Offensive troubles for Virginia played a huge role in its loss to the Hokies. The Cavaliers displayed a major inability to find any success driving to the basket against Virginia Tech, which forced Virginia to take a lot of outside shots. That became especially problematic when normally solid three-point shooters, sophomore guards Kyle Guy and Ty Jerome, went 3-14 and 1-10 from behind the arc, respectively. Plus, a few mental errors, defensive breakdowns and missed free throws really made it difficult for Virginia to have a real shot at taking that win.  

What coaching changes should Tony Bennett make in order for the Cavaliers to have success in the NCAA Tournament?

JB: Compared to previous failures, I think that having a more versatile offensive skill set is essential. This team has the talent to score in different ways — although, as they showed against Virginia Tech, the Cavaliers are often hesitant to change when something isn’t working. One thing that I would change from this season is lowering Kyle Guy’s minutes slightly. The sophomore guard looked tired as he slumped against Virginia Tech Saturday, and his shooting touch will be required for success in March.

AD: Get Isaiah Wilkins more comfortable in the post. When he gets the ball down low, he often has a good look as long as he isn’t guarded by a taller big. But, he rarely decides to push and draw contact and has been very unlucky with some good shots not falling. Try to give him inside touches on most possessions and encourage him to push the ball and draw fouls. Once opponents begin to respect the inside post on defense, the Cavaliers will be able to move the ball inside and out to find the right shot with more ease.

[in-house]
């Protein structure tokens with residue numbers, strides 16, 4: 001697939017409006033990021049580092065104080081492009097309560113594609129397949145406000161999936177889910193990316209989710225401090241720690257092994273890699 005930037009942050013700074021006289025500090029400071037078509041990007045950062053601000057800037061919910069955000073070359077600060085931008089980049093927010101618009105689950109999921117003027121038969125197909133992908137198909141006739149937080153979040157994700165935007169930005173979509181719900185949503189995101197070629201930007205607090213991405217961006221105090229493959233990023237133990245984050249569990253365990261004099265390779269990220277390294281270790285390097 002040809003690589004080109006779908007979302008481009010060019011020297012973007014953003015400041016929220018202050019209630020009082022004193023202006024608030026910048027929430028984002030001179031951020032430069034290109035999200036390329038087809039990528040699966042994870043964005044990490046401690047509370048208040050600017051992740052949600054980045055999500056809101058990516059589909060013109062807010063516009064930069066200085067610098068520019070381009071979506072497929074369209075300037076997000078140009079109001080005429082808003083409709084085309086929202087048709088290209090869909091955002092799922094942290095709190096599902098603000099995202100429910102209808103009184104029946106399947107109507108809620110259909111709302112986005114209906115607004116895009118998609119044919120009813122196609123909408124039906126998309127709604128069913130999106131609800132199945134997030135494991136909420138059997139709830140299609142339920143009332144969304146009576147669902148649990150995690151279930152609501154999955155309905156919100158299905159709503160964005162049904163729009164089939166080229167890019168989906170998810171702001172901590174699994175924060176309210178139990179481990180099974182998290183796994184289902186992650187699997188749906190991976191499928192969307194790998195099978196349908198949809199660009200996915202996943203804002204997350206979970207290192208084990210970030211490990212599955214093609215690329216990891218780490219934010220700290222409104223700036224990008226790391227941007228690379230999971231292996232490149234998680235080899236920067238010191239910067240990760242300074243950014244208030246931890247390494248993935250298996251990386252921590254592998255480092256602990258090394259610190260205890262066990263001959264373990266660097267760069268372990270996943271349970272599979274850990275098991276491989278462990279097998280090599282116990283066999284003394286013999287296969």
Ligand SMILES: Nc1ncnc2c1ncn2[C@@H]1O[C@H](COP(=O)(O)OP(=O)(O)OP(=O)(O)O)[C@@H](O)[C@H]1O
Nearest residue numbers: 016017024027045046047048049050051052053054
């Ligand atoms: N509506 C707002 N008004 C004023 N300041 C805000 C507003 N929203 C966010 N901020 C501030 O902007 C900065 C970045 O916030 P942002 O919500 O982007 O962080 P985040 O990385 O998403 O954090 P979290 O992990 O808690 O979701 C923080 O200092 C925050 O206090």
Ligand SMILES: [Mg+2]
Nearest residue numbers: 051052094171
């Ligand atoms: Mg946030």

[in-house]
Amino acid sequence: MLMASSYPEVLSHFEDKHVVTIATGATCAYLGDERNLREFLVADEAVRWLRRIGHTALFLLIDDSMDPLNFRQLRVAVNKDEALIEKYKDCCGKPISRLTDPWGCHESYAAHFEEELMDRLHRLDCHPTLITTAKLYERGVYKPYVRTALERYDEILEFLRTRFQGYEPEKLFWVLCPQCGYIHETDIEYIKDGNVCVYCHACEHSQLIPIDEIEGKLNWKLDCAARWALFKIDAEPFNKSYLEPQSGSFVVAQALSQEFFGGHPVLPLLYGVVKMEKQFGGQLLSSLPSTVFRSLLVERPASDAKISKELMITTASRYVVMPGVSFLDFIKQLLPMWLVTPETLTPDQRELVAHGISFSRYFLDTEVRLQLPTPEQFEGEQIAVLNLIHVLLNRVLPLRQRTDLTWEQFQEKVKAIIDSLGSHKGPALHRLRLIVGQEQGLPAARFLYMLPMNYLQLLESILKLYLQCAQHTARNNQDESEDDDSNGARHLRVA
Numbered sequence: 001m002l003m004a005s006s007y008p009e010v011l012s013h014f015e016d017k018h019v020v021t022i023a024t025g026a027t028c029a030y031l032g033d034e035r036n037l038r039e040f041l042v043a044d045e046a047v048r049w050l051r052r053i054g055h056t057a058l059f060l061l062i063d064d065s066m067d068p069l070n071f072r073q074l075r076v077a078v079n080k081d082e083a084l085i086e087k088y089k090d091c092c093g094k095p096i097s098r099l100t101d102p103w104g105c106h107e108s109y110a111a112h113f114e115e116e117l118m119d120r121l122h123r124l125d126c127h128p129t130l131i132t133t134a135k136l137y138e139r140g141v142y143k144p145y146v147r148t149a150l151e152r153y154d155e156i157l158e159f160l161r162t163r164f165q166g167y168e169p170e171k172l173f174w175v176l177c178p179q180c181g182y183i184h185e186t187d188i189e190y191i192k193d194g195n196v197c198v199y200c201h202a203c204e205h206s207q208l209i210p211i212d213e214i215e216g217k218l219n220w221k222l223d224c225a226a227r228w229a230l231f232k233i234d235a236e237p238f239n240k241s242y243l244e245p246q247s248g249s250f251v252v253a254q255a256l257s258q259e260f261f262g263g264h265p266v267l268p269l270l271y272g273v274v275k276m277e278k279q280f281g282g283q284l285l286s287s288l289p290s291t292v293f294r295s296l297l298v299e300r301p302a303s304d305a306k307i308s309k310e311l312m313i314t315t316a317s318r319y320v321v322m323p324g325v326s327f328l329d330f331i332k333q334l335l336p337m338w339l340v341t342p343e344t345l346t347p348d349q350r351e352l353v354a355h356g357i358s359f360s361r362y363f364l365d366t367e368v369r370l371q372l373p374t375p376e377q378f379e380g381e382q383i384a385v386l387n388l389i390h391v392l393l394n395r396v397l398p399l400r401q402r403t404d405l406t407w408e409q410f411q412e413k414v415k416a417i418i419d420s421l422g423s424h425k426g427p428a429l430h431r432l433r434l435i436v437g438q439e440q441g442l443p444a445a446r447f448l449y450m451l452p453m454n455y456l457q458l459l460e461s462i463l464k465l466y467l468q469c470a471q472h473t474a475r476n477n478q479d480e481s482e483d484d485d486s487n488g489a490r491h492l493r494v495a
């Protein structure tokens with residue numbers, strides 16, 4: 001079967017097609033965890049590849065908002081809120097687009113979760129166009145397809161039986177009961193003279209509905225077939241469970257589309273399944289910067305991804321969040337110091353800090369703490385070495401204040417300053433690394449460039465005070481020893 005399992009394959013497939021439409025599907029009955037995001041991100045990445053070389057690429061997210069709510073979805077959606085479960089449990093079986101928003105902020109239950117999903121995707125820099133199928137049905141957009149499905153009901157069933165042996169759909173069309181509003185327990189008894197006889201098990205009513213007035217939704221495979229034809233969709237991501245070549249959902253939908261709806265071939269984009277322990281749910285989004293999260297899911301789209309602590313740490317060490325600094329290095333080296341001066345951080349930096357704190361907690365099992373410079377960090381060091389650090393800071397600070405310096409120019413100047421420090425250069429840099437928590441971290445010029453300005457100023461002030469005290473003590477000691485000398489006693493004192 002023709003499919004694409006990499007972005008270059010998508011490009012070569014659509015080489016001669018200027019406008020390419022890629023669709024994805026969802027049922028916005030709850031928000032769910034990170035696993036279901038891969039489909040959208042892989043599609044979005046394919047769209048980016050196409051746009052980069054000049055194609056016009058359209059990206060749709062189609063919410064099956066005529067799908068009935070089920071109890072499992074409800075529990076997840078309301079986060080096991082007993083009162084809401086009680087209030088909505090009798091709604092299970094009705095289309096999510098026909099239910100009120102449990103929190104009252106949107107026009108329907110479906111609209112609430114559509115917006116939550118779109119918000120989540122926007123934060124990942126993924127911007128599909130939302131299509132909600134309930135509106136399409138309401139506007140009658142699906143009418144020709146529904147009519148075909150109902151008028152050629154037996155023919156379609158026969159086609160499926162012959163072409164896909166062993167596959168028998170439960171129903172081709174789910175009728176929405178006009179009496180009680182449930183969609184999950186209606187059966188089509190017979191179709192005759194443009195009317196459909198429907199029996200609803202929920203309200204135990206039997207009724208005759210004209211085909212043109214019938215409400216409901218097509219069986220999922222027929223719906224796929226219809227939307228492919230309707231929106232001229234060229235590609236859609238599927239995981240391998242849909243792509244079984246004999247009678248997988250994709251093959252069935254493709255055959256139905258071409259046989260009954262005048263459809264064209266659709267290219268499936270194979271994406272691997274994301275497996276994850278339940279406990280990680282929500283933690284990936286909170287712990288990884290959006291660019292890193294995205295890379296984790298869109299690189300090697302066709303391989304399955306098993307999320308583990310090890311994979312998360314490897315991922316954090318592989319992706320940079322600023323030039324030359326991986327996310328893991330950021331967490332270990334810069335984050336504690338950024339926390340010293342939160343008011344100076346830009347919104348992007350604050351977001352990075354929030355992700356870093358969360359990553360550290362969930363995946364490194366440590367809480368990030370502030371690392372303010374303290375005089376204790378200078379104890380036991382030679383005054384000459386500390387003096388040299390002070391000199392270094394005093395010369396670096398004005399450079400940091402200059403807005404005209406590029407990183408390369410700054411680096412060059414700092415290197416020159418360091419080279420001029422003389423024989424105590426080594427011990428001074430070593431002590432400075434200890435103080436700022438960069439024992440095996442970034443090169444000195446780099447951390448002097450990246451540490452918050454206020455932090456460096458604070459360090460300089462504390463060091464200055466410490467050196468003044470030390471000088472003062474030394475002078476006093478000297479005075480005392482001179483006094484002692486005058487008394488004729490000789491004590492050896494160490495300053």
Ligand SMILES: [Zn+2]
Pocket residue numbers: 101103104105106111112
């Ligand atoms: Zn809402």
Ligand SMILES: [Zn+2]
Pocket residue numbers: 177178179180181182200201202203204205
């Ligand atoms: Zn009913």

ZZ: The Cavaliers’ poor offensive performance in the game Saturday against Virginia Tech exposed the flaws in Tony Bennett’s style, and especially why it has been unsuccessful in March. Losses in the tournament the past two years — against Florida and Syracuse — did not come from defensive failures, but rather from Virginia’s difficulty to stop runs without offensive firepower. In particular, the Cavaliers’ pace of play must become more flexible when they get down — they need to speed up play to counter momentum. Also, Bennett should implement more on-ball screens to spread out the defense if the offense becomes stagnant.